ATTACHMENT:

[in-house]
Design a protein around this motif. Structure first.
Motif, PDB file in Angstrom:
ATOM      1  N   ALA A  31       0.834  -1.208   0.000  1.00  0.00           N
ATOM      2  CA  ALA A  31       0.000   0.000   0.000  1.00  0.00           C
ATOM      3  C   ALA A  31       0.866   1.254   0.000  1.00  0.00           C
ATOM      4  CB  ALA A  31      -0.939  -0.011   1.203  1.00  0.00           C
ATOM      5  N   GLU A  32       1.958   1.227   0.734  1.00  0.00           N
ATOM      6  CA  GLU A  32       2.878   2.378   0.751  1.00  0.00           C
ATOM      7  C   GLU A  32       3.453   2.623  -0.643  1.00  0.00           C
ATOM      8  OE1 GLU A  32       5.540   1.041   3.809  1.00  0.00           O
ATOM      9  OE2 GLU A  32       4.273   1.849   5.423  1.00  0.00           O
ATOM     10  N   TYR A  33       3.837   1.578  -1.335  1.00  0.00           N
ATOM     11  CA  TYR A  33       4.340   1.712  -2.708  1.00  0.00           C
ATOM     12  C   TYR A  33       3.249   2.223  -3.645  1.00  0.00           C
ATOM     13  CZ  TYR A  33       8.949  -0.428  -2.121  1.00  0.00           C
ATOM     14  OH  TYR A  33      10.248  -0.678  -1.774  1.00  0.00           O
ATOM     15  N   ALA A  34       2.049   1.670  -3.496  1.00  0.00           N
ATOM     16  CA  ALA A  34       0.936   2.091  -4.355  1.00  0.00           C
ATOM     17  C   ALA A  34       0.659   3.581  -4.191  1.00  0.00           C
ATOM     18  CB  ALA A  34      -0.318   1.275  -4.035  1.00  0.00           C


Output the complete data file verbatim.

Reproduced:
[in-house]
Design a protein around this motif. Structure first.
Motif, PDB file in Angstrom:
ATOM      1  N   ALA A  31       0.834  -1.208   0.000  1.00  0.00           N
ATOM      2  CA  ALA A  31       0.000   0.000   0.000  1.00  0.00           C
ATOM      3  C   ALA A  31       0.866   1.254   0.000  1.00  0.00           C
ATOM      4  CB  ALA A  31      -0.939  -0.011   1.203  1.00  0.00           C
ATOM      5  N   GLU A  32       1.958   1.227   0.734  1.00  0.00           N
ATOM      6  CA  GLU A  32       2.878   2.378   0.751  1.00  0.00           C
ATOM      7  C   GLU A  32       3.453   2.623  -0.643  1.00  0.00           C
ATOM      8  OE1 GLU A  32       5.540   1.041   3.809  1.00  0.00           O
ATOM      9  OE2 GLU A  32       4.273   1.849   5.423  1.00  0.00           O
ATOM     10  N   TYR A  33       3.837   1.578  -1.335  1.00  0.00           N
ATOM     11  CA  TYR A  33       4.340   1.712  -2.708  1.00  0.00           C
ATOM     12  C   TYR A  33       3.249   2.223  -3.645  1.00  0.00           C
ATOM     13  CZ  TYR A  33       8.949  -0.428  -2.121  1.00  0.00           C
ATOM     14  OH  TYR A  33      10.248  -0.678  -1.774  1.00  0.00           O
ATOM     15  N   ALA A  34       2.049   1.670  -3.496  1.00  0.00           N
ATOM     16  CA  ALA A  34       0.936   2.091  -4.355  1.00  0.00           C
ATOM     17  C   ALA A  34       0.659   3.581  -4.191  1.00  0.00           C
ATOM     18  CB  ALA A  34      -0.318   1.275  -4.035  1.00  0.00           C